MORE OFTEN than not, my blog posts encourage parents of kids who hate to write. That’s why it was refreshing to hear from a teen who actually wants to improve her craft:
“I am 15 years of age and enthusiastic about creative writing. I mostly have trouble finding words to describe something. I tend to repeat words a lot, making the story boring and not very interesting. I have tried to mix it up, but my teachers have said it became too overwhelming to read. I was wondering if you could give me some tips.” –Melissa
Writing that’s too wordy, disorganized, or lacking in description can definitely cause a reader to feel overwhelmed. In order to capture—and keep—their readers’ attention, students need to work on content, style, and mechanics. If your teen is eager to become a better writer, these tips are for you!
1. Improve Description
Vivid description is one of the most useful tools a writer can use to hook and hold readers. Appealing to the five senses, descriptive writing paints word pictures using concrete, specific vocabulary.
Words, like paint, can be as subtle as watercolor or as rich and vivid as oils. Choosing the right words—and in the right amounts—entices readers and invites them to linger.
Explore these articles for tips on writing more descriptively:
- Concrete Writing: A Descriptive Feast for the Senses
- Choosing Vocabulary to Describe a Place
- Describing a Food
2. Replace Repeated Words
Writers sometimes use repetition on purpose, such as for dramatic effect.
However, if a student tends to repeat words because he’s careless, lazy, or unable to think of synonyms, his writing will soon sound monotonous.
Use a Thesaurus
A good thesaurus is one of the best tools a student can use to replace repeated words. I like The Synonym Finder, but if your kids prefer an online thesaurus, try Thesaurus.com. When they type in the word they want to replace, a bunch of options will come up.
Use a Dictionary
Word differences can be subtle, so when choosing a synonym, students should look it up in the dictionary if they don’t know what the new word means.
For example, suppose your teen has repeated the word anger several times within a paragraph or two. If the character’s anger is mild, and he simply feels bugged about something, the writer should be able to replace anger with annoyance or irritation. However, rage—a violent, out-of-control anger—would not be an appropriate substitute in this case, even though the thesaurus lists it as a synonym.
3. Stay on Track
Do you notice a lot of rabbit trails in your teens’ writing? Is it hard for them to stick to the point? When their writing rambles, they run the risk of losing their readers: if their thoughts are jumbled, their writing will be jumbled too.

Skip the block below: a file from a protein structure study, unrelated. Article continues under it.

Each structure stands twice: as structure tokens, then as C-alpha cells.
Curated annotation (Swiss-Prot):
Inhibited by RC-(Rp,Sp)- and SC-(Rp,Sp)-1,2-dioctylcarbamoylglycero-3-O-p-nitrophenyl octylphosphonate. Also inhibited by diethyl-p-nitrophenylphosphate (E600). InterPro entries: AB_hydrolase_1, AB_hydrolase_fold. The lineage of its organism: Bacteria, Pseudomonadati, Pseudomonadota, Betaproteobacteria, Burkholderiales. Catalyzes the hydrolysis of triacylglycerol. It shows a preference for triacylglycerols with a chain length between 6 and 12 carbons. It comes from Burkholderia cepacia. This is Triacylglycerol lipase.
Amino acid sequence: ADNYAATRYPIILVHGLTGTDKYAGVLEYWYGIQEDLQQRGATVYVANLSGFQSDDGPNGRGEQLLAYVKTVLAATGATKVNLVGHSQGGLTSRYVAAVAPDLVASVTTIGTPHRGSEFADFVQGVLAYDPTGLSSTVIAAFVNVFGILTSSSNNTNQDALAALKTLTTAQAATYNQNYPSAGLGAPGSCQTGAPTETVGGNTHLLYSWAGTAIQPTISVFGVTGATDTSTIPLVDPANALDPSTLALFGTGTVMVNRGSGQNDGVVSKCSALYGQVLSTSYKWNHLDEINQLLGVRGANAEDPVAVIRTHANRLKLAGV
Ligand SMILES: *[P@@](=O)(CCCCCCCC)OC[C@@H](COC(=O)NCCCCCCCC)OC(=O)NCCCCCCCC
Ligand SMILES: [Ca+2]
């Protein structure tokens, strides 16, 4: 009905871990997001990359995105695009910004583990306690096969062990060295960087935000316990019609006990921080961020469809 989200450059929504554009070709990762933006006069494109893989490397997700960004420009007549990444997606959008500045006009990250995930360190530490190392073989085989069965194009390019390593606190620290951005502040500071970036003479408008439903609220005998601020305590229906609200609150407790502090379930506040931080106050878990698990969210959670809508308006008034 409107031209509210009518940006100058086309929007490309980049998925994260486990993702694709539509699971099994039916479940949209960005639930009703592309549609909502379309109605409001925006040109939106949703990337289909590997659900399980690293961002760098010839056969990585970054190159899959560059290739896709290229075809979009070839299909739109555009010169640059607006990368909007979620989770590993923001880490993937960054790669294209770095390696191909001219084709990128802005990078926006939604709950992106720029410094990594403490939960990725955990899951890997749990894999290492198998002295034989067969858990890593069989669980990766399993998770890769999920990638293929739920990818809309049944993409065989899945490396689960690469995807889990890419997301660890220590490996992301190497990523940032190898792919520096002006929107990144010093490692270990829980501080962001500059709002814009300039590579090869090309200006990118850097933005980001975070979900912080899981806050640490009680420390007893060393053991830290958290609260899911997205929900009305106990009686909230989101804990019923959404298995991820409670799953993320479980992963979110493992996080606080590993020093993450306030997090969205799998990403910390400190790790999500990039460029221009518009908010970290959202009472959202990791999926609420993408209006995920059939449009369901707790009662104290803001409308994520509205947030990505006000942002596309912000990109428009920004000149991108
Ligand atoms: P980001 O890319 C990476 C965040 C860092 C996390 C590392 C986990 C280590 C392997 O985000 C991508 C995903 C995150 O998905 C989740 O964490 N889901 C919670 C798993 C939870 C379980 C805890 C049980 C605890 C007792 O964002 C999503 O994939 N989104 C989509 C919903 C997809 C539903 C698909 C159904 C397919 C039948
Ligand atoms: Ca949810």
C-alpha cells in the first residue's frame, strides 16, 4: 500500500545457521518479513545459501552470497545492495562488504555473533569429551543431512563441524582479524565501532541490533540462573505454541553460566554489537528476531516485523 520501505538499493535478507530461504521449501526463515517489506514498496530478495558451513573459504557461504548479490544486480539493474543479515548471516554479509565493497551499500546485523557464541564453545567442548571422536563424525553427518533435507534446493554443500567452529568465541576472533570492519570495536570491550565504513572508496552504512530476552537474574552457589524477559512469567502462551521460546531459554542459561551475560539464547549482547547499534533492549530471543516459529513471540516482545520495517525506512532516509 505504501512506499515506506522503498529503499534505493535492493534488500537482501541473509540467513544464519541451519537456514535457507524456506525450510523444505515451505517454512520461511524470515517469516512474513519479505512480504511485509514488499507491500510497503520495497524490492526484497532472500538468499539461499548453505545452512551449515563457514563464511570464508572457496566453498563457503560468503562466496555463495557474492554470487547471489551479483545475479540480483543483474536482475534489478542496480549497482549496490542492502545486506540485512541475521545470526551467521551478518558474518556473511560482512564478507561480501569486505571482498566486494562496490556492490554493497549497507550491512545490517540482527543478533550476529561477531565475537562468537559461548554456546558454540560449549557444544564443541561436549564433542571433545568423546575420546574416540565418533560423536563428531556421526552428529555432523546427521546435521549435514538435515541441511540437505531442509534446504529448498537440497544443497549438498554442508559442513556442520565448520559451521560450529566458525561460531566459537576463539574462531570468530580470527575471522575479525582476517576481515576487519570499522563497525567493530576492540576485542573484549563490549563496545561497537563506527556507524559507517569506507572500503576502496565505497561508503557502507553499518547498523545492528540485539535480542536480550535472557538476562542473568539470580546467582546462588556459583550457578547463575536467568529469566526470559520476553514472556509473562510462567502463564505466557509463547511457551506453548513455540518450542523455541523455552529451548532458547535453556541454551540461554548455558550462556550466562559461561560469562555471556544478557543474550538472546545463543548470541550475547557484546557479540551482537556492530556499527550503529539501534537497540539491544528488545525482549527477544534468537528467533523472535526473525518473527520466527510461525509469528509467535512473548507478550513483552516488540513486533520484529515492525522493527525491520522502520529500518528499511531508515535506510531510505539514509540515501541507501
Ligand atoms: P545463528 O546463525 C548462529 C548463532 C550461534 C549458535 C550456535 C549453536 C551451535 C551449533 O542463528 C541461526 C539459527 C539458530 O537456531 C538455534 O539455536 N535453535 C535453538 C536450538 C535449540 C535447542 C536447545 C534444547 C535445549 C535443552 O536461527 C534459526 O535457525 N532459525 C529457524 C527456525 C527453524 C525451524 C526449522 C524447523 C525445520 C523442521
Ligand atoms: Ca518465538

To avoid rambling, writers must know what they want to say—and have a plan to get them there. Graphic organizers, outlines, brainstorming worksheets, or mindmaps can help sort and organize ideas before beginning to write.
4. Avoid Information Overload
Does your student cram too many details into her writing? While description can add depth and richness to writing, too much detail can weigh down a story.
Imagine yourself running barefoot through a field. The air is crisp and fresh, and you long to feel invigorated. Unfortunately, you keep stepping in sticky mud, which slows your progress and keeps you from enjoying the run.
If your teen’s writing contains too many details, or she tends to be heavy-handed with her description, her readers will feel as though they keep getting stuck in the mud. She can pick up the pace by offloading unnecessary details.
5. Watch Out for Wordiness
How does an author find the balance between writing in a concrete, sensory, descriptive manner and writing in an imposing, pretentious way?
While it’s important to try out new words, have fun with the thesaurus, and use vivid language as she writes, it’s just as crucial that your child use new vocabulary with care and humility.
A wise writer chooses her words carefully. Her writing is concise yet descriptive. When she uses too many new or strange words, her writing begins to sound pretentious or even arrogant. Help her find a good balance between stuffy vocabulary and overly simplistic word choices. Invite her to write smaller words and shorter sentences if she leans toward verbosity.
Which of these areas poses the greatest writing challenge for you or your teen?
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Photo credits: Girl by D Sharon Pruitt.
Muddy foot by Richard Vermillion. Creative Commons photos used by permission.
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